NAME: Claire Morley
WHERE ARE YOU: Bury, Lancashire
COMMUNICATION METHOD: Email, text messages using inverted colours and large text, limited lip reading, some deafblind manual sign language.
YEAR OF USHER DIAGNOSIS: 1997
USHER TYPE: USH2A
FAMILY/CHILDREN: Married to Craig, one daughter.
CAREER: Previously a Social Care Officer ,and also a teacher of students with additional needs.
HOBBIES: Arts and crafts, walking.
NAME THREE WORDS TO DESCRIBE YOU: Fun, resilient, positive.
WHAT ARE YOU SURPRISINGLY GOOD AT: Reading people’s body language.
WHO IS SOMEONE YOU ADMIRE AND WHY? I admire Michelle Obama for taking a situation she didn’t entirely chose for herself and making it a triumph.
WHAT ARE YOU HAPPIEST DOING? Spending time with my family and guide dog Thea.
WHAT WOULD BE YOUR PERSONAL MOTTO: Keep things simple
TELL US A LITTLE ABOUT THE IMAGE/PHOTO YOU ATTACH: The images I’ve chosen is of me on a beach in North Yorkshire. It’s a beach I played on as a child and now my child plays on it. Having Usher syndrome does not stop me from being a parent, in fact it gives me additional strengths that I may not otherwise have – patience, understanding, a variety of communication skill, empathy and adaptable problem solving skills.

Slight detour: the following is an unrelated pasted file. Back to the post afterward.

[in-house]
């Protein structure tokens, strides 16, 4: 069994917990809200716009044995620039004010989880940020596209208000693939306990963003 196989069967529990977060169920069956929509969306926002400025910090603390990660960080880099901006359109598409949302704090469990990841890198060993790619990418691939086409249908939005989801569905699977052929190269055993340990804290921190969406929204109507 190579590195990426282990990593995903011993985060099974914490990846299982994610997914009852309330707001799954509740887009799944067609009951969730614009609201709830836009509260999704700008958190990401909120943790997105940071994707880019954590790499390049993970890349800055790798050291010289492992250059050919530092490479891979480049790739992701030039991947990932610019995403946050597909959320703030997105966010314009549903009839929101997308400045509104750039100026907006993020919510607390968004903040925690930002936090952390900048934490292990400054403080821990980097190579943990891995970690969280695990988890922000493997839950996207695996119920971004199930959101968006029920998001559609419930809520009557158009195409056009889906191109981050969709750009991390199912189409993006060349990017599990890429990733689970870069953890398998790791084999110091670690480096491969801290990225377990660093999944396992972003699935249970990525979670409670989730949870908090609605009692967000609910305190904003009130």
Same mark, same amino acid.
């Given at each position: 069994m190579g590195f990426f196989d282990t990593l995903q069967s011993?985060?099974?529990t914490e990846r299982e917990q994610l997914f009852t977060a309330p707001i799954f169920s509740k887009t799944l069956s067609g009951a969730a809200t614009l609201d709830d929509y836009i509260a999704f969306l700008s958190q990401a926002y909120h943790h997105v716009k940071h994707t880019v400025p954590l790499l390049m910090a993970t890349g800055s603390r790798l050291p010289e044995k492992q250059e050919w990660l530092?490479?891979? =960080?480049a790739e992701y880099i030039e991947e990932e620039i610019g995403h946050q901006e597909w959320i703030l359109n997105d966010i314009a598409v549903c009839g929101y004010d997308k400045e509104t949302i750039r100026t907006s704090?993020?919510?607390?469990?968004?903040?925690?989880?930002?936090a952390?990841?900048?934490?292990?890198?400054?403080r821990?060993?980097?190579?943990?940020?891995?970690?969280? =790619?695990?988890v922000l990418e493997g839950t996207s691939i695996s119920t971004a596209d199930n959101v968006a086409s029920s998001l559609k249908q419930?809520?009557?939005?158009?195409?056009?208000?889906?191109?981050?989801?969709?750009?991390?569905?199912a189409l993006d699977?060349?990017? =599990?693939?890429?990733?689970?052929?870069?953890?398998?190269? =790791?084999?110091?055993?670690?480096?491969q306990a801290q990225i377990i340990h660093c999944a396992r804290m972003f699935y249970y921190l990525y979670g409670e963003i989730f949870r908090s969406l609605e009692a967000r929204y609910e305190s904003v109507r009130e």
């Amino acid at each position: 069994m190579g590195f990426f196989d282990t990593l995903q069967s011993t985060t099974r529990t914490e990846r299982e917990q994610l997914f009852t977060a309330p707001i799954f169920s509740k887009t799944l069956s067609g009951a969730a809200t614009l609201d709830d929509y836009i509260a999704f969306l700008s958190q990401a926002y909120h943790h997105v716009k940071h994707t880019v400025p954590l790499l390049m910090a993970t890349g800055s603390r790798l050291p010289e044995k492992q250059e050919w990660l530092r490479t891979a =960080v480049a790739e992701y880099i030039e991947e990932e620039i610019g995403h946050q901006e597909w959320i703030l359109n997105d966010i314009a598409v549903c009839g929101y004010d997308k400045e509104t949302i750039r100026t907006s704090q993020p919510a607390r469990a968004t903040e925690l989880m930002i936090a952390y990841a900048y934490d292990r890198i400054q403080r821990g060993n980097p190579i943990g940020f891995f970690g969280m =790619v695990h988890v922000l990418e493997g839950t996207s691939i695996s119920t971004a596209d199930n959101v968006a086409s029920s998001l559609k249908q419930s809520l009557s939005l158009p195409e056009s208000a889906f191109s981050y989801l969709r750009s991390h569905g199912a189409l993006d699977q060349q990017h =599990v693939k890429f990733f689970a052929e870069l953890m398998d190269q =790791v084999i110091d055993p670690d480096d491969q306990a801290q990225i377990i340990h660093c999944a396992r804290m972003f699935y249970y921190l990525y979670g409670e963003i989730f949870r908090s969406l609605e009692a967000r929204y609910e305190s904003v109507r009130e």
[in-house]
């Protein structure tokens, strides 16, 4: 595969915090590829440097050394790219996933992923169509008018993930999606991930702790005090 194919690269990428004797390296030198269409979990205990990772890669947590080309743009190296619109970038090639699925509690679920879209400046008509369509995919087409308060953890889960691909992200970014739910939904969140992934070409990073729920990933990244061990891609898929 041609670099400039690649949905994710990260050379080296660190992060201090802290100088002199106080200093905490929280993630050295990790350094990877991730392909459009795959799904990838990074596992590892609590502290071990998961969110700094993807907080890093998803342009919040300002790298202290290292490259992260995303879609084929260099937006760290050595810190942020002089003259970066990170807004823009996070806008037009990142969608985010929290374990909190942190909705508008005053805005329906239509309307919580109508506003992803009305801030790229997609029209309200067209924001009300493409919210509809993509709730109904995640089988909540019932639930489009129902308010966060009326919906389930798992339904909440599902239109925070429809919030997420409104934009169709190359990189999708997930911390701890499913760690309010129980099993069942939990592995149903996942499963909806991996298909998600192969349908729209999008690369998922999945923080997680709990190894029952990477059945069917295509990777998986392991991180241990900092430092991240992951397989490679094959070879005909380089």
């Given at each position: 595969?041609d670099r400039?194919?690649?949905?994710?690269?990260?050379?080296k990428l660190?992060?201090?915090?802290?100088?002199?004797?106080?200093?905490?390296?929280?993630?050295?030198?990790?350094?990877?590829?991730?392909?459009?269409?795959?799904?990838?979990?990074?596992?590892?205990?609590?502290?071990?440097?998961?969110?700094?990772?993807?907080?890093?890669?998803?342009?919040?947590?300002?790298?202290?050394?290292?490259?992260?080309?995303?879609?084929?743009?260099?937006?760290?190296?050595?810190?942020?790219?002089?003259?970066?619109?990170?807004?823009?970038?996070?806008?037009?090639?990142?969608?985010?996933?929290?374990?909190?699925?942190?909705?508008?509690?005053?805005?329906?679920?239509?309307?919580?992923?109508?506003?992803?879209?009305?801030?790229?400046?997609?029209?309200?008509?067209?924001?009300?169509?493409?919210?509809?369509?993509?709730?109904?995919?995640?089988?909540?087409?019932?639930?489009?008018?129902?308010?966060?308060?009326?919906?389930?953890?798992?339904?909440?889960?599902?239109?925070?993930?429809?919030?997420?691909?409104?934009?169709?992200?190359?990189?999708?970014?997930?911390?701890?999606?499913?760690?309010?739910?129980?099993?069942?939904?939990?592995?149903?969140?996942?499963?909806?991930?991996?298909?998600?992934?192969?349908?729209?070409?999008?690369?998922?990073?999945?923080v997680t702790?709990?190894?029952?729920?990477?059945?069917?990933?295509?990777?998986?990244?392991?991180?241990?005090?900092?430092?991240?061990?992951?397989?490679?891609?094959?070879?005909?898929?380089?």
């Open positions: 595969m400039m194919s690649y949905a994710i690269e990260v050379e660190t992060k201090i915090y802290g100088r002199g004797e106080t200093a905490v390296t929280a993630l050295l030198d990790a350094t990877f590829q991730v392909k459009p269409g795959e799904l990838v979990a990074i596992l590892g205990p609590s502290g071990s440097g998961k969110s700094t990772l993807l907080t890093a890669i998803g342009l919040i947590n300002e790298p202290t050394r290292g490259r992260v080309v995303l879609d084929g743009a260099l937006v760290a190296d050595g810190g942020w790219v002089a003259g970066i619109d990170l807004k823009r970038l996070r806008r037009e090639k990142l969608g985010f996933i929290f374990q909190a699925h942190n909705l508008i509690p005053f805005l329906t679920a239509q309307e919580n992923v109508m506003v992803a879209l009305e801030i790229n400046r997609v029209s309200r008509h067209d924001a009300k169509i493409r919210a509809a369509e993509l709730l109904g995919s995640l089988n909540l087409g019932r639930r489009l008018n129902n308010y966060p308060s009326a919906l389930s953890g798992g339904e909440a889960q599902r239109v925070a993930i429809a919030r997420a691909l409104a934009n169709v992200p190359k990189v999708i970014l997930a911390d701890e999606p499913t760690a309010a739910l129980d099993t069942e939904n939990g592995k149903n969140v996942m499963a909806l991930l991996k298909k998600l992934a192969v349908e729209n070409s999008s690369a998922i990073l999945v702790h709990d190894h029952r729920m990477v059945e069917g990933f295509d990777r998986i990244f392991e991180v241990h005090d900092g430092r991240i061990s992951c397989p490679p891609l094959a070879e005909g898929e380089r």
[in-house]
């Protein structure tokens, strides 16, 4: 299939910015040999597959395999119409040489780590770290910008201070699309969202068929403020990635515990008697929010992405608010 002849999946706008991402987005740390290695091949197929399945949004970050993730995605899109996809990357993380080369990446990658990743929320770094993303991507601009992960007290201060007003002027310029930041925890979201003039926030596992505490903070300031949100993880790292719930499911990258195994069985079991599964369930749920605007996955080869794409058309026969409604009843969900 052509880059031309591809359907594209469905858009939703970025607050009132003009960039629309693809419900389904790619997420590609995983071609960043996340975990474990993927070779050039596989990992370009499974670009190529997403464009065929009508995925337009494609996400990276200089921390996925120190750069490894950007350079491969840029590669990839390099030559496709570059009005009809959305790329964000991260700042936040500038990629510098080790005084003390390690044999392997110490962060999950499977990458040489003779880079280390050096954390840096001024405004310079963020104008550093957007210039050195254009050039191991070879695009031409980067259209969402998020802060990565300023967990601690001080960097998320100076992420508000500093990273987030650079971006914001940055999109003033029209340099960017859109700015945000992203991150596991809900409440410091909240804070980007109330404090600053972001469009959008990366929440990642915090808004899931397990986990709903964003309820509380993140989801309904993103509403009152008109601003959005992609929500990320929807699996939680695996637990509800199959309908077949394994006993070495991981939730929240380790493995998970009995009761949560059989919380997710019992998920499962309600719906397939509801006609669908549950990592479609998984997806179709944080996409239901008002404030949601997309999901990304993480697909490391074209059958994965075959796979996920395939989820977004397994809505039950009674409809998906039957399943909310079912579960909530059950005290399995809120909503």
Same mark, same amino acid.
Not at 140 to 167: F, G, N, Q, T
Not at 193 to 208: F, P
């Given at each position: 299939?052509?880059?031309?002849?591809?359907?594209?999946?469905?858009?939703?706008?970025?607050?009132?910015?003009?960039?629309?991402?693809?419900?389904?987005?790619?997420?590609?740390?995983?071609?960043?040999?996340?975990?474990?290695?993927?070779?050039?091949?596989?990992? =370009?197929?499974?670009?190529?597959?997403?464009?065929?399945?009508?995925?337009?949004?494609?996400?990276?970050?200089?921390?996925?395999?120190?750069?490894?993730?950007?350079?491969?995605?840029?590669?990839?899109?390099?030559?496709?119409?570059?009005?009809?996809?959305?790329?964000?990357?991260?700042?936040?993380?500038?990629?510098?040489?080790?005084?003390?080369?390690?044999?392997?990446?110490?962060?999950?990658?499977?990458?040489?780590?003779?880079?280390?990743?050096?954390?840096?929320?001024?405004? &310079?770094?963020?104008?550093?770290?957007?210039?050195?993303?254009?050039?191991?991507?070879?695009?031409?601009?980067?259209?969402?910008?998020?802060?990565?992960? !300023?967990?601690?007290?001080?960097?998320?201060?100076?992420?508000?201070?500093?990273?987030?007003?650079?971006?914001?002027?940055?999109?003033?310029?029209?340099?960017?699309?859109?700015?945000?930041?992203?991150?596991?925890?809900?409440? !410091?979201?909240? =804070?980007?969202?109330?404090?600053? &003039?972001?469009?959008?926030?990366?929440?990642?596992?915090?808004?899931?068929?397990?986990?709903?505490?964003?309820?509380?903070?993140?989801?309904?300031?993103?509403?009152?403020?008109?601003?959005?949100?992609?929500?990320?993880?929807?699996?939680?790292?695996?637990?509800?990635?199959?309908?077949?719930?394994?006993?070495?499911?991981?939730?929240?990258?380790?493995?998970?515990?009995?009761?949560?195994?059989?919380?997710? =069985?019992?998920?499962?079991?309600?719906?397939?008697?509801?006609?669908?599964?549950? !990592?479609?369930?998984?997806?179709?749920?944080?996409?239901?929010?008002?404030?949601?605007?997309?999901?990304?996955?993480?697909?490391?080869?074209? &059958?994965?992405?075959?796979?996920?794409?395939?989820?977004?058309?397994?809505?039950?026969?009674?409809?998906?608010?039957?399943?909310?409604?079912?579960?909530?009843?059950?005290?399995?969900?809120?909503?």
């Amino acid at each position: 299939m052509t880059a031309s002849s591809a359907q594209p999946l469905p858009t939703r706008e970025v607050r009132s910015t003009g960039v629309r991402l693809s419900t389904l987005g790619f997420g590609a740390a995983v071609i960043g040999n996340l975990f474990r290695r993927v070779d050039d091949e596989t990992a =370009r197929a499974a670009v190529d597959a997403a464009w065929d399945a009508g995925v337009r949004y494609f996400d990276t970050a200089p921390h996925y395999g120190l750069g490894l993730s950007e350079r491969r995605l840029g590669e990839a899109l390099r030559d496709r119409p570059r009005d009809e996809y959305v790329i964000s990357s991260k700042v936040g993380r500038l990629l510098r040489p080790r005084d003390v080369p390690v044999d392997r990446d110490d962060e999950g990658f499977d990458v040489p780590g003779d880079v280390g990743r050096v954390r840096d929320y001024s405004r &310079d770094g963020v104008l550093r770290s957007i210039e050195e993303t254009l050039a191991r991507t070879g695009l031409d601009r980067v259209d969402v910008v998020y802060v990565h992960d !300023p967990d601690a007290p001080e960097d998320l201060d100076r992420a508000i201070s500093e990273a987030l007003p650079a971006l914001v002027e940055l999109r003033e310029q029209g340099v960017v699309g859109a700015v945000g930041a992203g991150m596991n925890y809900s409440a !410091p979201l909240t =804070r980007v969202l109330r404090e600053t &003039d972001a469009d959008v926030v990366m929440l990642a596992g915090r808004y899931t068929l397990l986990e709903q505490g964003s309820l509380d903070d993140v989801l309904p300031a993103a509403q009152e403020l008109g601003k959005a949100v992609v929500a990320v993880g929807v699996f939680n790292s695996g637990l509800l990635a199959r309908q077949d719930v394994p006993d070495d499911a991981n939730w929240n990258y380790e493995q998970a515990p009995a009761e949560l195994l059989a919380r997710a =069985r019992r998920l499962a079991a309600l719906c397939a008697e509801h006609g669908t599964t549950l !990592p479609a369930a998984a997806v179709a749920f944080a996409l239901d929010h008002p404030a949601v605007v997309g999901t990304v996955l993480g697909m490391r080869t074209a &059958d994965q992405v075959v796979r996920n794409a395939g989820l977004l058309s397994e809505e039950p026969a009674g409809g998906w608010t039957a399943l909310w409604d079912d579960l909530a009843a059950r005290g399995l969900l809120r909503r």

IF YOU WOULD LIKE TO SHARE ANY PARTICULAR USHER STORY YOU CAN DO SO HERE:
I did not start using a long cane until I was 41. I was long overdue needing to use one but it is a very personal hurdle to overcome, accepting that your eyesight has crossed that threshold from “coping” to “needing visible help”.
I was on a special shopping trip on my birthday, in a large department store, when I fell. I had tripped up over the base of two life-size mannequins. I had not seen them. As I laid sprawled across the floor , other shoppers rushed to help me. Luckily I had just started using a “symbol cane” and this visual clue stopped me from having to explain that I wasn’t drunk or clumsy – I was visually impaired.
But it really unsettled me. It was the fall I had been dreading. The fall I had tried to avoid for years by limiting the places I went to, the times I went, who I went with, even if I went at all. My world had become very small.
I decided I needed, for my own safety and others, to take the plunge and get my long white and red cane, and mobility training. It opened up a whole new world for me and as soon as I experienced the relief of feeling safe, I no longer cared about what it might look like to others. Thea my dual purpose guide dog followed a year later and I’ve loved every minute with my trusty helpers.
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